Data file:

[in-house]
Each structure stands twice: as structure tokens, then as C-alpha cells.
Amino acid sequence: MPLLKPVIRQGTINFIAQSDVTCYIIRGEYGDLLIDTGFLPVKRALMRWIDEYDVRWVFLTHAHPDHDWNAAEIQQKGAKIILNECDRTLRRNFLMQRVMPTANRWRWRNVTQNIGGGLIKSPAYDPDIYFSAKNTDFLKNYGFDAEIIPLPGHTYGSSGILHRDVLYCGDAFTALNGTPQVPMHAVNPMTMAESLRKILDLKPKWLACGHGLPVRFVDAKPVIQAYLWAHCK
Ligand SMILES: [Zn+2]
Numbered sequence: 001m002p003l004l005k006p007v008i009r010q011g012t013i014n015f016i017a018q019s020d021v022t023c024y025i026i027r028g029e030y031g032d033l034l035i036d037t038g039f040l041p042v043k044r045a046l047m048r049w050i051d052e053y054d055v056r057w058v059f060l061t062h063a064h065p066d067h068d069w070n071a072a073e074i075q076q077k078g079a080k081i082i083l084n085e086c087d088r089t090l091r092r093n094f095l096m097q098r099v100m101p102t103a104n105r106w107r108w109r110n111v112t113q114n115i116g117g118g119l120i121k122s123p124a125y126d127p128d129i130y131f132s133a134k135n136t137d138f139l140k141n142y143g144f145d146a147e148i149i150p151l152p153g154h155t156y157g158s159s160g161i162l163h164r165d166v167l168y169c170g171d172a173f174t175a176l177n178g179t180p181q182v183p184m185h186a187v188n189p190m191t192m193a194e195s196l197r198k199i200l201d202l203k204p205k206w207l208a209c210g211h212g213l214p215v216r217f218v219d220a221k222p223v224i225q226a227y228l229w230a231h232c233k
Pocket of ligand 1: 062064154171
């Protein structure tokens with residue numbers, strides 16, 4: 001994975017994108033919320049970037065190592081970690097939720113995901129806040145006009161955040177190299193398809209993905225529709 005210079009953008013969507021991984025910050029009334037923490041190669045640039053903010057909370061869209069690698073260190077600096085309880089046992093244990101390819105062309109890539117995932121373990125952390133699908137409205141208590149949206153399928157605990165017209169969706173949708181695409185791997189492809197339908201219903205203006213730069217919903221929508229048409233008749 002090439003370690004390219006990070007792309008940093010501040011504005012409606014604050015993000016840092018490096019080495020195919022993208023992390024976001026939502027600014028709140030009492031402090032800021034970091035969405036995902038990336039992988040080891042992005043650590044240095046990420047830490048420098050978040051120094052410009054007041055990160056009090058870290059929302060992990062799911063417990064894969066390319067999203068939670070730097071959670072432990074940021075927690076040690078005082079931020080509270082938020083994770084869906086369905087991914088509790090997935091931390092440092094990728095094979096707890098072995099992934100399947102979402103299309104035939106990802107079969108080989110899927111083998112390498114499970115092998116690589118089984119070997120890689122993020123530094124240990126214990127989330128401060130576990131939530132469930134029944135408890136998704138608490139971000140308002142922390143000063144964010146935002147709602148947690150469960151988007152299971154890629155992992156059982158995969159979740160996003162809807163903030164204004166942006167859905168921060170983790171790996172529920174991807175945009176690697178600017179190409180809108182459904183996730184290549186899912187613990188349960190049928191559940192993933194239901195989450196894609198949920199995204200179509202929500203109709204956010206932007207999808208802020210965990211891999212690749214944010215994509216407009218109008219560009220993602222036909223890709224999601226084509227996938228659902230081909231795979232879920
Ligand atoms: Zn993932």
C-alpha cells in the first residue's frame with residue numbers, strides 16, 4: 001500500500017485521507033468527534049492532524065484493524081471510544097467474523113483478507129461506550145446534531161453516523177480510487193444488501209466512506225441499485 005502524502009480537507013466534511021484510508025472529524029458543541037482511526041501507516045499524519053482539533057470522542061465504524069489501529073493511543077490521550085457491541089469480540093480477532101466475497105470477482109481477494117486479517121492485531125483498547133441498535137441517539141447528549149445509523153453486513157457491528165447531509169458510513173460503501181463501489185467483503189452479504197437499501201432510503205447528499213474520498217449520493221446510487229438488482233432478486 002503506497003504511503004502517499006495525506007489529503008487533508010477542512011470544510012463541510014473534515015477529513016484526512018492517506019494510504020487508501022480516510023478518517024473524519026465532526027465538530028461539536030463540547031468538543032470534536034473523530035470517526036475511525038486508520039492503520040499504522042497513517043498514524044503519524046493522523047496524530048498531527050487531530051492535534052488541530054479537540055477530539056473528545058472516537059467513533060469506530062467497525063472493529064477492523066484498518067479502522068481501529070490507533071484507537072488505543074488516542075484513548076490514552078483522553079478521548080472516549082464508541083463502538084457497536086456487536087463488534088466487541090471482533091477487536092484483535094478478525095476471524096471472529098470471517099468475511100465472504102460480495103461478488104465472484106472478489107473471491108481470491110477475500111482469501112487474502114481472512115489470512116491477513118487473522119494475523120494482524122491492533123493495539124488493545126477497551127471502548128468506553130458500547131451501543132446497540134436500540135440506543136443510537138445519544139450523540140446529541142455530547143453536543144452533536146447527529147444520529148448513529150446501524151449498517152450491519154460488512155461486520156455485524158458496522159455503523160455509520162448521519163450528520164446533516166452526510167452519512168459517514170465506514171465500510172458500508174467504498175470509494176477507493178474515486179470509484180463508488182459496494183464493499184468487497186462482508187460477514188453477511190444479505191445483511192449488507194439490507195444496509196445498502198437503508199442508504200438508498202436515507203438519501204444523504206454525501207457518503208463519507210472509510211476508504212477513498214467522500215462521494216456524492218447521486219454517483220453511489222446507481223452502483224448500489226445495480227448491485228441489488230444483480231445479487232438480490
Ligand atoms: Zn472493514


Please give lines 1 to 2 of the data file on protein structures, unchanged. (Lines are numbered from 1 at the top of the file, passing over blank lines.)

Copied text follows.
[in-house]
Each structure stands twice: as structure tokens, then as C-alpha cells.